The rhinoceros iguana (Cyclura cornuta) is a large iguana whose common name was inspired by the several enlarged, horn-like scales on its snout that resemble the horns of a rhinoceros. Rhinoceros iguanas (Cyclura cornuta) grow to lengths of 61cm-122cm (24in-48in). Their skin is covered with rough scales grayish-brown to olive green in color. Males are larger than females and develop larger horns. Males are highly territorial.
The lifespan of wild rhinoceros iguanas is not known but a lifespan of 20 years has been recorded for captive individuals. Females dig burrows in which they lay 2-20 eggs and guard them vigorously (Burnie and Wilson).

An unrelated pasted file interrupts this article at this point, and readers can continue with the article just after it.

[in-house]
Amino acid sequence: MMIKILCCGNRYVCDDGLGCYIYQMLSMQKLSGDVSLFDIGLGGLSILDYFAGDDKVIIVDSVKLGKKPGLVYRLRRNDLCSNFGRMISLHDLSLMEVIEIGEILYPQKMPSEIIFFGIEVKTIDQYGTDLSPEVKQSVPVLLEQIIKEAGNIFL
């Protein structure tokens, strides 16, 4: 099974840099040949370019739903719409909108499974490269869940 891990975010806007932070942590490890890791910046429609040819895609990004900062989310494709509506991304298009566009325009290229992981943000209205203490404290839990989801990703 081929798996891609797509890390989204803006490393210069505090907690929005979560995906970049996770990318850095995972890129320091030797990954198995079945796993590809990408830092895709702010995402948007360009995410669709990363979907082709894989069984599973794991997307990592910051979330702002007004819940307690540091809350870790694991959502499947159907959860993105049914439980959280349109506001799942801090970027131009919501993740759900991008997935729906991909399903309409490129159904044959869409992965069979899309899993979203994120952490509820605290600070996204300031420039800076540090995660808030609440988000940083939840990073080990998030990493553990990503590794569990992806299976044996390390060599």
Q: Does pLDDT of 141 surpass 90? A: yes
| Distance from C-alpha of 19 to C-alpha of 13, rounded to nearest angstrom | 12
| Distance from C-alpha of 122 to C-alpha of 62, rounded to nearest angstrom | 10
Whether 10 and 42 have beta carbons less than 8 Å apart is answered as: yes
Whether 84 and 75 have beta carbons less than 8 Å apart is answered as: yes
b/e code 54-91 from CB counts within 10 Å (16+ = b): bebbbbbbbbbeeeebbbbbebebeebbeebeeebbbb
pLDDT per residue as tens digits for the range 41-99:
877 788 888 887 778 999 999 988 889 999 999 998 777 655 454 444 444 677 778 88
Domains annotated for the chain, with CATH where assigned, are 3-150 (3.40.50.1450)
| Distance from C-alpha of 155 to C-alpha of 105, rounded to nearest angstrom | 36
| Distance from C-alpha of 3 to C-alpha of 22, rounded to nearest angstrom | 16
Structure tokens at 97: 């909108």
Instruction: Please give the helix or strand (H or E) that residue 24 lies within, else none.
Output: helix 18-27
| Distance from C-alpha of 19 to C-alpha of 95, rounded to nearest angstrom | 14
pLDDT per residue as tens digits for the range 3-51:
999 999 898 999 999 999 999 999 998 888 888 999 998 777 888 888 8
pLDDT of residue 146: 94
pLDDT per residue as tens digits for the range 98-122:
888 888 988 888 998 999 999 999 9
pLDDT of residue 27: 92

Young iguanas are carnivorous but once they reach adulthood, they become primarily vegetarian, eating leaves, fruit, flowers, and berries and only occasionally eating insects and small animals (Source: Egnatios-Beene).
The rhinoceros iguana inhabits areas of Hispaniola (Haiti and the Dominican Republic), Cuba, Puerto Rico) and several other islands in the Caribbean. Rhinoceros iguanas are terrestrial and live in coastal areas of dry, rocky terrain, dry forest, or scrub habitat. They dig their nesting burrows in areas with small trees, cacti, and shrubs. Habitat pressures caused by humans has forced some populations inland, away from previous coastal habitats.